North Korea has unveiled a statue of leader Kim Jong-il, probably the first in the communist country. "It is our highest privilege and good fortune to be able to unveil a bronze statue of our comrade commander for the first time in our country," Gen. Kim Jong-gak, a vice director of the People's Army's General Political Bureau, was quoted as saying by an army newsletter that also carried a picture of the statue.
The streets of Pyongyang are riddled with statues of former leader Kim Il-sung, but this is the first representing Kim Jong-il. "There were occasional accounts of sightings of Kim Jong-il statues, but this is the first photograph of a full-body statue of him made by the state," a Unification Ministry official said.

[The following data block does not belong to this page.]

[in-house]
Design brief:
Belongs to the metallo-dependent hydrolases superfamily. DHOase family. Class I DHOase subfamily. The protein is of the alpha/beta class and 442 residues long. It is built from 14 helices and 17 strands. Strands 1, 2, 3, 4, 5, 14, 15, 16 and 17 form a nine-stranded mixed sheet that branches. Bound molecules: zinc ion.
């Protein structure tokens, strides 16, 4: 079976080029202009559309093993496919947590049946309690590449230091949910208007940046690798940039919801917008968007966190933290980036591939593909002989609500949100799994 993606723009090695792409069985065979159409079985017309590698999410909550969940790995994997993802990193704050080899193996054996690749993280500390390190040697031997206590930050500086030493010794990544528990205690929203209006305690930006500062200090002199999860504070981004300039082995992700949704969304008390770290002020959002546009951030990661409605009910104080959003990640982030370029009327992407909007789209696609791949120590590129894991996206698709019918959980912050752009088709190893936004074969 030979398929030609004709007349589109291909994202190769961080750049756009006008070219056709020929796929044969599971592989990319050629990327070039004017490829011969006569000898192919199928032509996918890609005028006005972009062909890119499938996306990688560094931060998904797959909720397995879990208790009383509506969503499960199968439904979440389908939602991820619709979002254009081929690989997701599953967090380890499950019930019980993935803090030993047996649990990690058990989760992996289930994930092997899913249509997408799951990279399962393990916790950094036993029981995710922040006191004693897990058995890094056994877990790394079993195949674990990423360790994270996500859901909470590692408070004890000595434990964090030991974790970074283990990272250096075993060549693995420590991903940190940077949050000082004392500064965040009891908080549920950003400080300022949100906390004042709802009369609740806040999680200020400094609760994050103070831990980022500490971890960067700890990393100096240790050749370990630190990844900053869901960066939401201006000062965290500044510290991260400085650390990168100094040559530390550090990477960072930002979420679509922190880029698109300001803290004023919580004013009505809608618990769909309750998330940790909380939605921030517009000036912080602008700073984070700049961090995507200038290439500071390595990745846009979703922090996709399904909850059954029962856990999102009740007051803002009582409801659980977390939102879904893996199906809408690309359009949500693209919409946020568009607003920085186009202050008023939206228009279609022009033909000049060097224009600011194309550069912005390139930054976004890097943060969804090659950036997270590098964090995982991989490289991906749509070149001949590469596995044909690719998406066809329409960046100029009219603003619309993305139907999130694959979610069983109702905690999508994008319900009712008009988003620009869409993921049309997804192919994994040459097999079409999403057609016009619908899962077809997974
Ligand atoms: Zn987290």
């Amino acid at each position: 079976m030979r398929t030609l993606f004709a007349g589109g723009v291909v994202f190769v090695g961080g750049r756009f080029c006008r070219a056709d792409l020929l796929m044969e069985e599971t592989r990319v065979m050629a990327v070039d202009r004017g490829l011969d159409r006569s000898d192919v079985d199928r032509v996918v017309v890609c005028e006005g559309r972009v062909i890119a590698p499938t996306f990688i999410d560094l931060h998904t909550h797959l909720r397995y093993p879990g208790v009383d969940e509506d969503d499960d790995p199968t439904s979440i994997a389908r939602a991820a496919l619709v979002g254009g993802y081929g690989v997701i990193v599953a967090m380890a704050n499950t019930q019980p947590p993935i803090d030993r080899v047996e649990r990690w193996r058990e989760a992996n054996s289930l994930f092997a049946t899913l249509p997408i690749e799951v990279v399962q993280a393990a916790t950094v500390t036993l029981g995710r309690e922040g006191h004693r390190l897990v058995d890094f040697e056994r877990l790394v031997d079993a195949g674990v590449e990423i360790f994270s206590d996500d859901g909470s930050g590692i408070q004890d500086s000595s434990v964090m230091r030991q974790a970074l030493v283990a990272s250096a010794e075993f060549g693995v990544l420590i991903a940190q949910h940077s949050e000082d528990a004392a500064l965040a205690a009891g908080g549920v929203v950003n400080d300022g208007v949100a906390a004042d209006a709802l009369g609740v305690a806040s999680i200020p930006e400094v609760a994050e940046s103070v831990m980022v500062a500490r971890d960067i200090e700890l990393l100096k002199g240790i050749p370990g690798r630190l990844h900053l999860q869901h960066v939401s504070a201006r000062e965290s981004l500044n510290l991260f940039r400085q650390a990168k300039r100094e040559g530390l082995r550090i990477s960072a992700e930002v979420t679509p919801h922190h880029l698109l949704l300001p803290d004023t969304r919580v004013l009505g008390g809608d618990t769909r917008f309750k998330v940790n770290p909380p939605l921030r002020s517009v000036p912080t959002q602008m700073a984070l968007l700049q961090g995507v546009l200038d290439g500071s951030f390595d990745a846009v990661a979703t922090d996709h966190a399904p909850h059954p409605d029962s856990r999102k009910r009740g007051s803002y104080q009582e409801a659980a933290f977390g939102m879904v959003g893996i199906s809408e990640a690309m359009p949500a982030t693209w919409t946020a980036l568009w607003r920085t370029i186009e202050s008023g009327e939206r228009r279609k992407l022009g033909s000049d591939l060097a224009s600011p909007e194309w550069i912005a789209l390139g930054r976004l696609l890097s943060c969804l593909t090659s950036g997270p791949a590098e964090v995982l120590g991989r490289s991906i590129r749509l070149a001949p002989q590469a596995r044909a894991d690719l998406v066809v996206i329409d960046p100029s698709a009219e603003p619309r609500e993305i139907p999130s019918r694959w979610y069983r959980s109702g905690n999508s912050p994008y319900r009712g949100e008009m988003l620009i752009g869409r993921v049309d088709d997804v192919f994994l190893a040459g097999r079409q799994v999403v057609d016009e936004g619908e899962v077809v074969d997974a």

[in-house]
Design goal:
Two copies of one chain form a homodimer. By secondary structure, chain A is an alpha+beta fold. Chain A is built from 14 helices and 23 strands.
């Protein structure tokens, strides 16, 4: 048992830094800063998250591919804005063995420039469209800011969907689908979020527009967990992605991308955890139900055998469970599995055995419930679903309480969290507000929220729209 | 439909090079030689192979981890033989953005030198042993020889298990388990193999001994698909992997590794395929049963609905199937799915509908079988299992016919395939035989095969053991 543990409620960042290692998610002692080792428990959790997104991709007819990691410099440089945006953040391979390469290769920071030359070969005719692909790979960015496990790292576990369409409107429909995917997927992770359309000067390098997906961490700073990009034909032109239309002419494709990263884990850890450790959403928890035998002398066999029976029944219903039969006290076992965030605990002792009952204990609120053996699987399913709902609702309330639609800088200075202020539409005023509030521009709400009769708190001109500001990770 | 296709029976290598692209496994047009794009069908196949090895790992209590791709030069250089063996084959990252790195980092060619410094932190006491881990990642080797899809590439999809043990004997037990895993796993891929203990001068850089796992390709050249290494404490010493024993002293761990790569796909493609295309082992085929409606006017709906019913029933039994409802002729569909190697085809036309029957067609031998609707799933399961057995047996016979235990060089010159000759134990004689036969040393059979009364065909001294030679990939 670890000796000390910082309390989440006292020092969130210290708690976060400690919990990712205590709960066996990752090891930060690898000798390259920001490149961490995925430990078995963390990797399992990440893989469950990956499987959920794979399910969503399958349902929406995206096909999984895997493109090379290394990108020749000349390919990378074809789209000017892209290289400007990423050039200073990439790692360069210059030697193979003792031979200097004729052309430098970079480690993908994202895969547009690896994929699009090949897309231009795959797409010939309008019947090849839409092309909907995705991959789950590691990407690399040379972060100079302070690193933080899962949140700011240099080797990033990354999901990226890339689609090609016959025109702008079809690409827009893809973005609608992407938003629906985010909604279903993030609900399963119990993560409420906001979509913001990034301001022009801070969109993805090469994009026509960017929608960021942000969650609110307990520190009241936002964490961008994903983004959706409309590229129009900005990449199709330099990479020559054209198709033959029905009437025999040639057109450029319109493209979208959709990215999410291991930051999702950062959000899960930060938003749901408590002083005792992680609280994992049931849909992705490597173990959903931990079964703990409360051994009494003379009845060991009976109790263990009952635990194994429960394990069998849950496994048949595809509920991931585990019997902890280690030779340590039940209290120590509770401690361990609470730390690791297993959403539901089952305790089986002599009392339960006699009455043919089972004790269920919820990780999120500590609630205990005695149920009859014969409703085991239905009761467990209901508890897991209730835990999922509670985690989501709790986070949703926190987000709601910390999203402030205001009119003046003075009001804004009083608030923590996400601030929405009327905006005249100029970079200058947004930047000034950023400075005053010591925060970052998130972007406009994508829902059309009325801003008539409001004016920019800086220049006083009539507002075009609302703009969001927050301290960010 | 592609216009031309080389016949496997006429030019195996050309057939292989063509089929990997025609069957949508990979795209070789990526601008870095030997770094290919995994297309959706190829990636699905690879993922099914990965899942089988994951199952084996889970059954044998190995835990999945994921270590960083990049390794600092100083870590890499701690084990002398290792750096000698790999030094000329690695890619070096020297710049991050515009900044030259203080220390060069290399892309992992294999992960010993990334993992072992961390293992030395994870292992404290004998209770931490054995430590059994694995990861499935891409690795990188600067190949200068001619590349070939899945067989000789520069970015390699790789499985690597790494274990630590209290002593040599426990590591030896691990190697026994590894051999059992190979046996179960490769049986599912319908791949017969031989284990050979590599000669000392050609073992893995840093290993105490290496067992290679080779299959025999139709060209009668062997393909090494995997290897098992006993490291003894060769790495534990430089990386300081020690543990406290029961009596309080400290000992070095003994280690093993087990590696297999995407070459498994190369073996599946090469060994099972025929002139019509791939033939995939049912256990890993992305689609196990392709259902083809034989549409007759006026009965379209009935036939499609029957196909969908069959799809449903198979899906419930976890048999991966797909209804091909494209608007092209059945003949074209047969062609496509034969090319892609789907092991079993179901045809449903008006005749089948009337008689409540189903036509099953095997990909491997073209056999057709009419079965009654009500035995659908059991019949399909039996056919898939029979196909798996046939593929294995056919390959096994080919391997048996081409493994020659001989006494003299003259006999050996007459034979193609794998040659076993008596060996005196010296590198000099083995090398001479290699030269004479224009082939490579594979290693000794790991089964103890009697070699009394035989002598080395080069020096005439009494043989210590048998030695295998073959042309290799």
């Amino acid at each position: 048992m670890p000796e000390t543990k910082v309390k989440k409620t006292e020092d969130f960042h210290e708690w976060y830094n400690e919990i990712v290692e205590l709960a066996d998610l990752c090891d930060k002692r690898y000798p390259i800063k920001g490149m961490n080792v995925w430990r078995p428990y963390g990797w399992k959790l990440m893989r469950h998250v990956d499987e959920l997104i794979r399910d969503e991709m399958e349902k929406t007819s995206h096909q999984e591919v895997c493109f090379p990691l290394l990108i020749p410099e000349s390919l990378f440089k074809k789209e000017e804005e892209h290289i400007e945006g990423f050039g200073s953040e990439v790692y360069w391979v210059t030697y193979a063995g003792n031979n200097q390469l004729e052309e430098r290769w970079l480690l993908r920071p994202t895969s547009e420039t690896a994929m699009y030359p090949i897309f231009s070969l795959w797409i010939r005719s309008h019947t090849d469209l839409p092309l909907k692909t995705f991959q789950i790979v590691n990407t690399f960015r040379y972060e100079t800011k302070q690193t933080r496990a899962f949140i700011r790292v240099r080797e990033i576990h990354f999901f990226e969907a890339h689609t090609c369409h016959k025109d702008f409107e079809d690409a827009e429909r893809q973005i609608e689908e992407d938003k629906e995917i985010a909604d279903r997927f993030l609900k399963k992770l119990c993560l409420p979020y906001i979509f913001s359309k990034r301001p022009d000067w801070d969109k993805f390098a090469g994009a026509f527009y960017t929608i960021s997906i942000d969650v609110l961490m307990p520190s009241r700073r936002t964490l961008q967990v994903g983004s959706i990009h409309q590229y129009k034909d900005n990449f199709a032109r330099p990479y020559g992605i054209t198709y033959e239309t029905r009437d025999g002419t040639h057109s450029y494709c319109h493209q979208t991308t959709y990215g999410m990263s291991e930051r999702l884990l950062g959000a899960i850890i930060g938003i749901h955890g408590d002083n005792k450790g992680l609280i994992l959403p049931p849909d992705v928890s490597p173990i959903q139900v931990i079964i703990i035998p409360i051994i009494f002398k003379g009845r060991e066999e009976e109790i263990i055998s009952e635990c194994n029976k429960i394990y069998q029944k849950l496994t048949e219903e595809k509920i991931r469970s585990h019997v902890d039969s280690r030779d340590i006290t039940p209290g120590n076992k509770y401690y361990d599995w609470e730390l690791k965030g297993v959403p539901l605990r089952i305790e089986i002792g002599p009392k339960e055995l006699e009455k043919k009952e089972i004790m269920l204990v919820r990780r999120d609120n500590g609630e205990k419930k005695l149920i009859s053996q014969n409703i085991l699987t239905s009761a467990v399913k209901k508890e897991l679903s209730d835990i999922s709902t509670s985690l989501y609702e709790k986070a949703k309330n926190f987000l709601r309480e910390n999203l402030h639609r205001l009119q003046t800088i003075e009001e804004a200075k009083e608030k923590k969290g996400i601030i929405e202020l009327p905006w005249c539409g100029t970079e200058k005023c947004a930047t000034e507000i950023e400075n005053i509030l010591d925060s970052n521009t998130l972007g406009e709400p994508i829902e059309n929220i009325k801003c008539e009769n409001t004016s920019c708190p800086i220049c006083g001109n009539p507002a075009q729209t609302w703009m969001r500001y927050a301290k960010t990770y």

"There have been instances when loyal officials insisted on erecting a statue of Kim Jong-il, but Kim always declined," a senior defector who escaped from the North last year said. "He also initially rejected a proposal back in the 1980s to hang portraits of Kim Il-sung and Kim Jong-il side by side, which led to confusion among the public over which picture to hang on their walls."
The leader apparently has good reason to oppose the construction of statues depicting him. "The emergence of statues of a leader signifies the end of his reign," a South Korean intelligence official said. Statues of Kim Il-sung began to appear at the end of his reign and the start of Kim Jong-il's leadership.
The bronze statue may be a project by his son Jong-un, who is widely expected to inherit the North Korean throne. Kim Yong-hyun, a North Korea expert at Dongguk University, said Kim junior appears to be consolidating his succession by canonizing his father just as Kim Jong-il justified his rise to power through a personality cult of Kim Il-sung.